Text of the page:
Join St. Joseph Parish
From Father's Desk
To all those considering joining St. Joseph Parish, Welcome!
As the pastor, I hope that you find in this Church not only a welcoming and joyful community but also a renewed passion and vigor for your Christian faith. I am here to help you in any way that I can so please do not hesitate to reach out or stop by the office if there is something that you need. Christ has called us into something sacred and beautiful and will undoubtedly give us the grace to answer that call with our full hearts!
It is to that end that I want to add this invitation to your welcome. The God who created us and created every complex part and thought that makes us who we are, loves us so much that He calls/invites you into Himself. I think you will find that He does this in two pretty amazing ways, first He was the one who gave you your desires and wants, so if those things are rightly directed towards Him you can be sure that is a grace-filled path. The second way though is a bit more difficult, He calls you to take up your cross. He calls you to know Him through His sacrifice and through our personal sacrifices and this path too, while difficult, is one we walk with Christ. When those two things are brought together we are bound to find our vocation in Christ. When what excites you and what challenges you are joined together it is then that God can create a saint. Finally the invitation, I’d like to invite all of you to pray about what this means for you at this parish. What does God put into your heart that you are passionate about? What does God put into your heart that would challenge you? Like I said, I am here to help you live out your vocation and find real joy in this community, so when God does reveal that in your prayer come to me and we as a parish will help you live it out to the Glory of God the Father!
Thank you for your faith and again, welcome to St. Joseph Parish!
In Christ, Rev. Eric L. Boelscher
Pastor of St. Joseph Parish
Interested In Becoming Catholic?
What does the process look like?
The Rite of Christian Initiation is based on the principle that the process of conversion proceeds gradually, in stages. Progress from one stage to the next is marked by a liturgical celebration in the midst of the parish community. The experience and needs differ based on age and religious background, and so the length of time may vary for each person. Nevertheless, there are certain similarities among all the groups and the process they will experience, and these can be listed as follows:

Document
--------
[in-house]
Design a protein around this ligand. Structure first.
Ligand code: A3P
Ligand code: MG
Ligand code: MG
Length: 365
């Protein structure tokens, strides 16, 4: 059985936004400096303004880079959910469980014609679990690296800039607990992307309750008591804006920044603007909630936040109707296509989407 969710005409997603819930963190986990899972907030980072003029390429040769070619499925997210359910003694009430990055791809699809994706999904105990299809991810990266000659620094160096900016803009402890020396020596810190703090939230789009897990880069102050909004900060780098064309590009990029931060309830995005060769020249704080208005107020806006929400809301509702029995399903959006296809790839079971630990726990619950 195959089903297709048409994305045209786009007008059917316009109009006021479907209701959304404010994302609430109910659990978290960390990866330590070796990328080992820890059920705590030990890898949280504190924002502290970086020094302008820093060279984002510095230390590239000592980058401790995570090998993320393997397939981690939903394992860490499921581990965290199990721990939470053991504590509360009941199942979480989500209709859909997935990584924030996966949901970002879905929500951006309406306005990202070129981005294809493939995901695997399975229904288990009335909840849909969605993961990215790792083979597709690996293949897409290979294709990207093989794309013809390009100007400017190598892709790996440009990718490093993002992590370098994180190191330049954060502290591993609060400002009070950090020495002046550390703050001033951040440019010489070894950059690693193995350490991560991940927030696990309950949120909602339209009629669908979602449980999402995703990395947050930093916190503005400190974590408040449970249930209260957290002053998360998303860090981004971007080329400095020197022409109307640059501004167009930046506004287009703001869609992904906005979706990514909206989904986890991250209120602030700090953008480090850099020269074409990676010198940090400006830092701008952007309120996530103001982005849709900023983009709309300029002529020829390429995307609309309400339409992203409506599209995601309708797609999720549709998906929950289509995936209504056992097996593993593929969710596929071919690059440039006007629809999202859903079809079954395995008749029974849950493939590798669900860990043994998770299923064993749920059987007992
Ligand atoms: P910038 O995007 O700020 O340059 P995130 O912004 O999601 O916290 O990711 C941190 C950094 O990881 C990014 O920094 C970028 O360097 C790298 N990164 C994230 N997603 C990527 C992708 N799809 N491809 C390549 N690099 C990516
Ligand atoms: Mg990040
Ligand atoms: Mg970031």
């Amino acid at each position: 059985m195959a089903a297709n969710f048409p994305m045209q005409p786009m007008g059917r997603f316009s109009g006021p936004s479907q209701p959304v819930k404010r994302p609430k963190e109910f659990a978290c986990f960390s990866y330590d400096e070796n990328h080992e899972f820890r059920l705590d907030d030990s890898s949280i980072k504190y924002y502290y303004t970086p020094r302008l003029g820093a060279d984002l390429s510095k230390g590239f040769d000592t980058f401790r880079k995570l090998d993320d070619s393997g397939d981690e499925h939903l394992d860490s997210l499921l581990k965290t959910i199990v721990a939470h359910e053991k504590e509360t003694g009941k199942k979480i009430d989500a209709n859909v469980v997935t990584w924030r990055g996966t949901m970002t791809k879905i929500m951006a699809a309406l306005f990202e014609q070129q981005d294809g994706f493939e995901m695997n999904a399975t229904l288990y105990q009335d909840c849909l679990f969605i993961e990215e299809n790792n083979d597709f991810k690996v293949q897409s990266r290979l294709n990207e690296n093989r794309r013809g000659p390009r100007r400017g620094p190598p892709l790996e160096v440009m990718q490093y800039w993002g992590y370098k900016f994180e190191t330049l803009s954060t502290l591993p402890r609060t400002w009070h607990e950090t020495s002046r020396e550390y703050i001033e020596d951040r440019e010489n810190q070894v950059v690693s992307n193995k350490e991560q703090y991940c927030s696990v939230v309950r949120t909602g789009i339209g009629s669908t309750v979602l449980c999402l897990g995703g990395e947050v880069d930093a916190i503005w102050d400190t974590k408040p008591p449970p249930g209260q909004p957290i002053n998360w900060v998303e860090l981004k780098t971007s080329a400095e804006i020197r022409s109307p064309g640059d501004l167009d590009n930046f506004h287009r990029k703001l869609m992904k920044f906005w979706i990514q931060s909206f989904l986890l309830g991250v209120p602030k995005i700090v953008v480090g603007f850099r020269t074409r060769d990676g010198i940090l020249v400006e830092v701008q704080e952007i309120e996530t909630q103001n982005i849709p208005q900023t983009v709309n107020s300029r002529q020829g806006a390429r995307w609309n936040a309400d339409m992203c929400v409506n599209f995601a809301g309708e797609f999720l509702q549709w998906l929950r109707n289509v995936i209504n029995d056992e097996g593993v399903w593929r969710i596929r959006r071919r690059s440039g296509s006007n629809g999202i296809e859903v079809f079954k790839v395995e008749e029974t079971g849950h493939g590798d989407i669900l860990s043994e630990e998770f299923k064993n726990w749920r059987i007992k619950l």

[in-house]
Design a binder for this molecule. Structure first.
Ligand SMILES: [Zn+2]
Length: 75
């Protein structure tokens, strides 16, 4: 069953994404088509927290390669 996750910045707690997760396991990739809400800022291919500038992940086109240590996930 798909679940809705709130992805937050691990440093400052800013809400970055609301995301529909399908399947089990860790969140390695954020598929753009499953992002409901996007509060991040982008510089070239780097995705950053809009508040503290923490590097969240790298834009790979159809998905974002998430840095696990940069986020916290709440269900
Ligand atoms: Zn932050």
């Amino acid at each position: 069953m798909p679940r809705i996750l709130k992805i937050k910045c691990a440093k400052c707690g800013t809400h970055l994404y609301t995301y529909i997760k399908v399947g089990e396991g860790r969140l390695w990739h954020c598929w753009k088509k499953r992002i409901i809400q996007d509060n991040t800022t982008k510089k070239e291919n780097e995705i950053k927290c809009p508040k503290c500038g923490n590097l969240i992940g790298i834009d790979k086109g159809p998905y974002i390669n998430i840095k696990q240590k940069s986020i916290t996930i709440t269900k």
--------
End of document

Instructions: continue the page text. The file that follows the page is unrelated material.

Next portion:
The first stage is called the period of inquiry (or the precatechumenate). This is when the individual first expresses an interest in becoming a Christian or a Catholic, and begins to explore, with the help of the parish community, what his or her relationship with Christ might be and how that might be enriched and deepened by joining this Christian community. There is no liturgical rite to mark the beginning of this stage. This period of inquiry may last several months or several years and ends either when the inquirer decides against continuing in this direction or when the inquirer feels ready to move on and the community is prepared to welcome him or her.
The second stage is called the catechumenate and, for the unbaptized listed above, who are now called catechumens, should last no less than one full year. For the baptized but uncatechized the period should be a similar length. For the candidates for full communion, this stage could well be much shorter. The Rite of Acceptance into the Order of Catechumens and the Rite of Welcoming mark the beginning of this stage. Catechesis for this period is rooted in the Lectionary and the Word as it is proclaimed in the midst of the community. This is also a time for the catechumen or candidate to learn how to live as a Catholic Christian. This period ends when the catechumens and candidates express their desire to receive the sacraments of initiation and the community acknowledges their readiness.
Purification and Enlightenment
The third stage is the period of purification and enlightenment and coincides with Lent. During this time the elect (formerly the catechumens) and the candidates enter into a period of intense preparation and prayer which includes the three public celebrations of the scrutinies and is marked by the presentations of the Creed and the Lord's Prayer. The Rite of Election and the Call to Continuing Conversion are celebrated at the beginning of this stage. This period ends with the celebration of baptism, confirmation, and Eucharist at the Easter Vigil. (Note: only the elect are baptized. All the groups are confirmed and welcomed to the table.)